Now here’s a term you don’t hear anymore:

Blind tigers, or blind pigs, are carnival-style promotions. “Come in and see the blind tiger!” By which the person meant, “I’m giving away free hooch.” You assume there was a donation somewhere, or you paid handsomely for a bar stool or a bad sandwich or something.

Indiana went dry in 1918, two years ahead of the 18th Amendment kicking in. So maybe the local area was dry. Maybe it was just bootlegging for the sake of bootlegging.

Hurst, I learned from a later edition of the paper, was …

a son of Mack Hurst the man who blew up the house on the corner of Seventh and Morton streets with dynamite, killing himself and daughter. Young Hurst has made the same threat against his wife for disclosing his guilt of the blind tiger charge.

Bootlegging couldn’t have been that good to him. He couldn’t afford a lawyer! Nevertheless, he’s threatening to blow people up. Real pride of Indiana, that guy.

Meanwhile, part of an ad on page two. Countless men!

And 1.4 million tires. How is it that they have the units sold, but not the customers? Let’s do the basic math here. If everyone bought a complete set, that’s 369,970 customers. Of course it wasn’t four-apiece. Remember, the roads and the highways and byways still left something to be desired. There were a lot of flats is what I’m saying. It could be that we are talking 1.4 million customers. Which is still not … countless.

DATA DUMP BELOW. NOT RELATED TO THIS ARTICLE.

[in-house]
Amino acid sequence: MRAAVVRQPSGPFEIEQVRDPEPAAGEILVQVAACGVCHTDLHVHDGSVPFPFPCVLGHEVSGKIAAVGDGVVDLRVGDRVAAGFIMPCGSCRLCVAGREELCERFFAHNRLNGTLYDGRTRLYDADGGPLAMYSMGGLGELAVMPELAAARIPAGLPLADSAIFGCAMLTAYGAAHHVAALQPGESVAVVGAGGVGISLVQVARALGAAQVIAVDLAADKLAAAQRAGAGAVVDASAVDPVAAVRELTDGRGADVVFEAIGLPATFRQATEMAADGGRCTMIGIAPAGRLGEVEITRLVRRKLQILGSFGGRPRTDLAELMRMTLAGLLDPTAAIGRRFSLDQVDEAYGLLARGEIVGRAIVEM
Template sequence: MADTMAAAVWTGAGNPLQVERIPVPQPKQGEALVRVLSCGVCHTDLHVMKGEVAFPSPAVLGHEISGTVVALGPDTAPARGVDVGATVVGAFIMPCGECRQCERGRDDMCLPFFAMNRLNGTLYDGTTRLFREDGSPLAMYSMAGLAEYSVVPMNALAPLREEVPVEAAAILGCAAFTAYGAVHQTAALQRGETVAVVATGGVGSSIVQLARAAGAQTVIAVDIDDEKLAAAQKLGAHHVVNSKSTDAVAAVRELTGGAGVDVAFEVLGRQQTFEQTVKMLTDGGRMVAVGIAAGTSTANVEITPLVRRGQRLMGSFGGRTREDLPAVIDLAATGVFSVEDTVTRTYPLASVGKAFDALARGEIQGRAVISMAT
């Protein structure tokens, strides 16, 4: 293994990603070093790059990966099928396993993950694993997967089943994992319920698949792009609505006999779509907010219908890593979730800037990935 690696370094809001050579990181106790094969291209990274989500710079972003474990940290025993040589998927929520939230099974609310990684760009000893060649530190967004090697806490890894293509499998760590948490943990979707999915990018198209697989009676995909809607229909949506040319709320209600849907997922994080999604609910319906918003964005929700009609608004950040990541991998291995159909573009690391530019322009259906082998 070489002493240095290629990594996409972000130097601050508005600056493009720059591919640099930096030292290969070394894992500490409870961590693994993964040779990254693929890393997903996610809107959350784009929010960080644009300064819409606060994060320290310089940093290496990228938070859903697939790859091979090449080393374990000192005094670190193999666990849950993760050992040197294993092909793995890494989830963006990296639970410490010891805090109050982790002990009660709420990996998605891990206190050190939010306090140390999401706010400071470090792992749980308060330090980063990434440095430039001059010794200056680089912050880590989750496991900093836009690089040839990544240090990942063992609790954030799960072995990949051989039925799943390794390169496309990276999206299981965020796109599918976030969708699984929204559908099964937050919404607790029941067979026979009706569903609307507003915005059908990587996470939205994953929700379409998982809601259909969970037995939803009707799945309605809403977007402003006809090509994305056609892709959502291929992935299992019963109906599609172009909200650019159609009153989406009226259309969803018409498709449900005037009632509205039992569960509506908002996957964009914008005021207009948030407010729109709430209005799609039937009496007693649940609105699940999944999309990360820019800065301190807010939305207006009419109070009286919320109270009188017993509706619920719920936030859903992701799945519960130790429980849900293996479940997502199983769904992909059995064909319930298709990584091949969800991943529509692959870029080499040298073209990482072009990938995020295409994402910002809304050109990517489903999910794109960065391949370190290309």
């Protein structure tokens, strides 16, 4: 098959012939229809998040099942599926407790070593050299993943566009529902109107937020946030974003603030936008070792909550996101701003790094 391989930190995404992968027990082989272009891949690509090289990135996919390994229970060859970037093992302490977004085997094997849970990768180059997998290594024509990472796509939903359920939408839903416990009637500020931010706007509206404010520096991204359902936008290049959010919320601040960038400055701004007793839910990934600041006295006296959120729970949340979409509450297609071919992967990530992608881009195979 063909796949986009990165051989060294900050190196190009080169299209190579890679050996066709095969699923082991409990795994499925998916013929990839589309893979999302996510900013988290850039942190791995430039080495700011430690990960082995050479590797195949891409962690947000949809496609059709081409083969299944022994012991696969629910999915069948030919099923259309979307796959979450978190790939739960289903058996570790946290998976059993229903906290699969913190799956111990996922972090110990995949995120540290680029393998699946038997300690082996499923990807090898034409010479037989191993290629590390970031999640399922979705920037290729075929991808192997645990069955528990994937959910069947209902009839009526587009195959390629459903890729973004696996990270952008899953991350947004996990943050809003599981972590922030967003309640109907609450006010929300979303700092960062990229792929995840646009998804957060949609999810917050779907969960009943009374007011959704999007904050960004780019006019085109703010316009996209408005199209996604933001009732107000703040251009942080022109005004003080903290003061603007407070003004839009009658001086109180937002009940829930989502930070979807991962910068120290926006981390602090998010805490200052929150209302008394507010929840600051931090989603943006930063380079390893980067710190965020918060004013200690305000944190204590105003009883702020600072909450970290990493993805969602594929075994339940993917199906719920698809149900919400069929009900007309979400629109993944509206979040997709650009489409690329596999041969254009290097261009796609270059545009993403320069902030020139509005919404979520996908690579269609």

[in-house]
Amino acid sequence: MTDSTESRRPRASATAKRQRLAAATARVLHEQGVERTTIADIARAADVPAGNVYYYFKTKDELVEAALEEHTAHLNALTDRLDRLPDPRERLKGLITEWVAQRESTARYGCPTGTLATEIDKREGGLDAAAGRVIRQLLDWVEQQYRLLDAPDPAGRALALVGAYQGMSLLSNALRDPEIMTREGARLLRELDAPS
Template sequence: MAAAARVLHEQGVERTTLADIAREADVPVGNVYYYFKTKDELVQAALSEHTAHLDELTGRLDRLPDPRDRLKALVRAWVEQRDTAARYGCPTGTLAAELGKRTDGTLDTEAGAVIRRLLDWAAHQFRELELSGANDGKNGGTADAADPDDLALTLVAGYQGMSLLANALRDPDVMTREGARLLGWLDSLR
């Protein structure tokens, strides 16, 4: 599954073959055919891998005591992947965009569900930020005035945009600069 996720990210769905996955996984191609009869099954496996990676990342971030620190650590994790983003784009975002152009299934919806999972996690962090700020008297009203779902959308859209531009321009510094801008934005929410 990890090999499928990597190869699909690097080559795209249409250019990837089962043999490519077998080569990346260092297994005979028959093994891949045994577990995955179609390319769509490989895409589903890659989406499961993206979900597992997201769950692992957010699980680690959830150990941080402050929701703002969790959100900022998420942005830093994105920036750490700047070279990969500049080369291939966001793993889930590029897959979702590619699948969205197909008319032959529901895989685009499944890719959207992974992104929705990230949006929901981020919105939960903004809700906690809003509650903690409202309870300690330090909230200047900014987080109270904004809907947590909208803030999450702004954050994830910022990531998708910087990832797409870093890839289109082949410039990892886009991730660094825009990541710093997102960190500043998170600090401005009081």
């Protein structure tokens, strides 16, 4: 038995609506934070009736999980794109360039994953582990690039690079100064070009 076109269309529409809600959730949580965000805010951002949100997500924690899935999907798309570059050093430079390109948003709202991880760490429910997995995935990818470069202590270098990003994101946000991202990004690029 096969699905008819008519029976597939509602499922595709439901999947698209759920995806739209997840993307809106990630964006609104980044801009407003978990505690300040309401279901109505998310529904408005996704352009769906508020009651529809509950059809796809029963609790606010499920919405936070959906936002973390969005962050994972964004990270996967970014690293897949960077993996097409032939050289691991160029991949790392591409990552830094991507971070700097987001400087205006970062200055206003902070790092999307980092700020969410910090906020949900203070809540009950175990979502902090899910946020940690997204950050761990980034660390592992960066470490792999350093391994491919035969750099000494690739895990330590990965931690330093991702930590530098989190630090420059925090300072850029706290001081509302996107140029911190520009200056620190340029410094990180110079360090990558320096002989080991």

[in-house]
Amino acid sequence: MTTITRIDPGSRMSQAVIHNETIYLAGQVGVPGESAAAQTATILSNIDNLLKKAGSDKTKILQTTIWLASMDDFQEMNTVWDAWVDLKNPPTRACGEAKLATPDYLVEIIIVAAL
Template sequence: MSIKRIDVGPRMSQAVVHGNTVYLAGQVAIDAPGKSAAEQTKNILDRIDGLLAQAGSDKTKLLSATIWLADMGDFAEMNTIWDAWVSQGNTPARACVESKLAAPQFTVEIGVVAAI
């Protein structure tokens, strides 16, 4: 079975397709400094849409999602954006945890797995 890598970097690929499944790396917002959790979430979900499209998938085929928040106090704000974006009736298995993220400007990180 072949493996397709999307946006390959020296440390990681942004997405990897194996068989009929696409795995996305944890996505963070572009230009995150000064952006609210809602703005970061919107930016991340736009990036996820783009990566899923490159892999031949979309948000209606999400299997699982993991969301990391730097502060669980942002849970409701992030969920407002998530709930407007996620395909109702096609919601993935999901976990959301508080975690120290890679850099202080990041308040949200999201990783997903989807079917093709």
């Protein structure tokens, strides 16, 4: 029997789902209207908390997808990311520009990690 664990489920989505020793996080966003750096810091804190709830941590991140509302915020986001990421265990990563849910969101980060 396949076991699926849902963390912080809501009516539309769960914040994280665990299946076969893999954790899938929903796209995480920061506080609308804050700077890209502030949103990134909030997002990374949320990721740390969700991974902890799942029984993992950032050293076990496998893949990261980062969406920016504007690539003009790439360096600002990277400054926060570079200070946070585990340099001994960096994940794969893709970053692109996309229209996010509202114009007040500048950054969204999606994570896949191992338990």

But “countless” sounds good, especially when it’s right next to a number.

Norine Dodds was, I believe, a teacher. I’m not sure what became of her.

And I want you to notice that they just bought a volleyball. The net, you imagine, they had to save up for, special. Or maybe they made their own. But, in another example of how their time was similar to ours, but not ours, the sport of volleyball had only been around for about 20 years. Basketball, just four years older, was thought by some businessmen and older YMCA members to be too vigorous. One mustn’t work up a sweat. So a man named William Morgan designed the game to be a combination of basketball, baseball, tennis, and handball. And here, when the young ladies at the local high school put their pennies together to obtain a ball, the game was still in its relative infancy. The rules weren’t uniformly formalized for another 14 years. Someone in the Philippines, while Nodds was writing this little blurb, was developing the spike.

Sorta makes you wonder how these kids went around with their new volleyball, and what they wound up doing with it.